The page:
Today, we would argue that an RTL-SDR receiver is a must-have tool. For the cost of a cheap set of screwdrivers, you can gain access to a world that not so long ago would have been all but hidden to the amateur hacker. Let’s take a closer look at a few obvious ways that everyone’s favorite low-cost SDR has helped free the RF hacking genie from its bottle in the last few years.
Even though the project is called RTL-SDR, the Realtek RTL2832U chip is in reality just half of the equation; it’s a USB demodulator chip that needs to be paired with a tuner to function. In the early days, there were a number of different tuners in use, and figuring out which one you were getting was a pretty big deal. The Elonics E4000 was the most desirable tuner as it had the widest frequency range, but it could be difficult to know ahead of time what you were getting.
The packaging and documentation were all but useless; either the manufacturer didn’t bother to include the information, or if they did, it would often become outdated as new revisions of the product were produced. The only way to be sure about what you were getting was to see if somebody had already purchased that particular model and reported on their findings. Luckily, the tuners were cheap enough that you could buy a couple and experiment. In those days, it wasn’t uncommon to find RTL-SDR compatible devices for less than $10 from import sites.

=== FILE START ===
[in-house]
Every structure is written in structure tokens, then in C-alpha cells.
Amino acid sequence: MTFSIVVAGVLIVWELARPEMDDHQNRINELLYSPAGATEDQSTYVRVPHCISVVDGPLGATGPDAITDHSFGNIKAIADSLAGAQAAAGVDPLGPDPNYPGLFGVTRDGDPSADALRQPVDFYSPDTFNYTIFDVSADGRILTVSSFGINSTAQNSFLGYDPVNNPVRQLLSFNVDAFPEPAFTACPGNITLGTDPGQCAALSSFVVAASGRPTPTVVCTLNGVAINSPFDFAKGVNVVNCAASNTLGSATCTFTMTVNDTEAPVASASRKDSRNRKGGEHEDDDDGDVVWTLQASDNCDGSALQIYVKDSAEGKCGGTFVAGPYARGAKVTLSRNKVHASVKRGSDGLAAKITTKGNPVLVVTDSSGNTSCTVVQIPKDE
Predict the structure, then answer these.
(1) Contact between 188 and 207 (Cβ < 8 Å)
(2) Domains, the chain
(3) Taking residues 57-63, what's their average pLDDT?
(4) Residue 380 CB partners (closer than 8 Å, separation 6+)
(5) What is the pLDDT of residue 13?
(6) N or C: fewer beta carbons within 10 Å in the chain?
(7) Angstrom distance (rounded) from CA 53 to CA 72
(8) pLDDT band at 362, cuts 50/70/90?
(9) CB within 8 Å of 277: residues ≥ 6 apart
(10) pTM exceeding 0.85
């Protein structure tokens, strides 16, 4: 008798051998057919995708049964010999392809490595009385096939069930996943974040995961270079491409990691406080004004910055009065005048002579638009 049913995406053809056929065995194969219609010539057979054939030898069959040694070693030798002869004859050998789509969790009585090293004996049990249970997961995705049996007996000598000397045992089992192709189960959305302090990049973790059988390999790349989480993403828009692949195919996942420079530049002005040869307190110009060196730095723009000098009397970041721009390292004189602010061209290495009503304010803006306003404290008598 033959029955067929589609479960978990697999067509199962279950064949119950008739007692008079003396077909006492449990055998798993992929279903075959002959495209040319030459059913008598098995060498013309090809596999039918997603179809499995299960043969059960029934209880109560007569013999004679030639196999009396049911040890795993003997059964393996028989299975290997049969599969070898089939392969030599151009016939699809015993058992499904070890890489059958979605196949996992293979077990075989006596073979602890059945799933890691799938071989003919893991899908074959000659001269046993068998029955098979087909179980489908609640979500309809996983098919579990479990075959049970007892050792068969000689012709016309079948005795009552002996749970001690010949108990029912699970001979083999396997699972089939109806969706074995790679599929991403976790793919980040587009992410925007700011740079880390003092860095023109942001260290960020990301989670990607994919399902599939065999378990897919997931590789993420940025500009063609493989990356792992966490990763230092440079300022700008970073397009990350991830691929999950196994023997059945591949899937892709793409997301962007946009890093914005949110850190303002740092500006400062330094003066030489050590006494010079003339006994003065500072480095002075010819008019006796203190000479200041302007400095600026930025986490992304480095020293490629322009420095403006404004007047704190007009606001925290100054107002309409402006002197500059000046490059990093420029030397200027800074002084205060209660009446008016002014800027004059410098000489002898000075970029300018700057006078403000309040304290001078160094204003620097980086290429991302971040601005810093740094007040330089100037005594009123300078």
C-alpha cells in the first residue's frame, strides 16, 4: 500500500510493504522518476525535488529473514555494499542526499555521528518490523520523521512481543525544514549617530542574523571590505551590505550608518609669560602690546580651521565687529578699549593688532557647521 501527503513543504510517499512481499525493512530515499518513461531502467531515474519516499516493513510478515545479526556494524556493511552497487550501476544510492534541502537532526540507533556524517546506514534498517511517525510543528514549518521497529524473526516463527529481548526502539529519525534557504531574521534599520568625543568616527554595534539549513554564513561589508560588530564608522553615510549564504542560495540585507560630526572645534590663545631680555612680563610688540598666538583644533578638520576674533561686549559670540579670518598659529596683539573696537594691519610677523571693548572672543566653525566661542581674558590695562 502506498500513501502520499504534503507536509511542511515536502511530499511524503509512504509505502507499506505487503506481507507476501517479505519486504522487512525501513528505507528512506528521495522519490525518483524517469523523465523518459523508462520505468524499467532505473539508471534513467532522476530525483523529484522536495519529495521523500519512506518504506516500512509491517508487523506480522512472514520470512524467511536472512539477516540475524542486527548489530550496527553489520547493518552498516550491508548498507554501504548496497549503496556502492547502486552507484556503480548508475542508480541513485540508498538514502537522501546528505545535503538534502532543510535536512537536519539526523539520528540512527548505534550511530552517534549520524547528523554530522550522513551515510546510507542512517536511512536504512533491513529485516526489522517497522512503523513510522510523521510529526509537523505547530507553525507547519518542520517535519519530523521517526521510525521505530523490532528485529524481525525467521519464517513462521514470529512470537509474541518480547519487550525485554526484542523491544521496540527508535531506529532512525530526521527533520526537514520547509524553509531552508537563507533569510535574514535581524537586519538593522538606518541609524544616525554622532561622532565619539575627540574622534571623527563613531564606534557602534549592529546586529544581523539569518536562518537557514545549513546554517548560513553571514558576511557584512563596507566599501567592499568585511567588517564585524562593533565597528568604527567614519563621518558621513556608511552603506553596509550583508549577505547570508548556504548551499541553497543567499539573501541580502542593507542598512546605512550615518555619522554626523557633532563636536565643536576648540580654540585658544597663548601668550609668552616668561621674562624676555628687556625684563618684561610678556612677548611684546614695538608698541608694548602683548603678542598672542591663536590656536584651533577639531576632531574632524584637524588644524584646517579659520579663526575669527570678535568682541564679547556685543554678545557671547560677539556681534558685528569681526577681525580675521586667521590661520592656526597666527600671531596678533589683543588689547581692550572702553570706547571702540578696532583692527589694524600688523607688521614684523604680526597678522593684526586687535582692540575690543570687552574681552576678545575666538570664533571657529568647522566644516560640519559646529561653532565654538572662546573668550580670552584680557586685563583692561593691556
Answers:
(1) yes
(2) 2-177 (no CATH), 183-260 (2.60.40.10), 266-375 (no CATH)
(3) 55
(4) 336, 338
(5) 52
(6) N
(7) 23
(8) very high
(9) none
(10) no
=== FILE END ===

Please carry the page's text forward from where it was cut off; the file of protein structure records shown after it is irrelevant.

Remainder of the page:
Opening up a contemporary RTL2832U+E4000 receiver, we can see they were relatively simple affairs. The flimsy plastic case doesn’t do much to prevent interference, and the Belling-Lee connector connector is intended for use with a traditional TV antenna. Note this particular model features an IR receiver so the user could change TV channels with the included remote; a reminder of what this device was actually built for.
These days, you don’t need to wade through pages of nearly identical looking USB TV tuners to find compatible hardware. There are now several RTL2832U-based receivers which are specifically designed for RTL-SDR use, generally selling for around $30. These devices not only address the shortcomings of the original hardware offerings, but in many cases add in new capabilities that simply wouldn’t have made sense to include back when they were just for watching TV on your computer.
Here we have the “RTL-SDR Blog v3” receiver, which is one of the most popular “next generation” RTL-SDR receivers. The plastic case has been replaced with an aluminum one that not only reduces interference, but helps the board dissipate heat while in operation. The crystal has been upgraded to a temperature compensated oscillator (TCXO) which helps reduce temperature drift. The R820T2 tuner is paired with a standard SMA antenna connector, and both it and the RTL2832U have some unused pins broken out if you’re looking to get into developing modifications or expansions to the core hardware.
The improvements to the base RTL-SDR hardware are welcome, and it’s nice to not have to worry about whether or not the receiver you’ve purchased is actually going to work with the drivers, but realistically those changes mainly benefit the more hardcore users who are pushing the edge of the envelope. If you’re just looking to sniff some 433 MHz thermometers, you don’t exactly need a TCXO. For most users, the biggest improvements have come in the software side of things.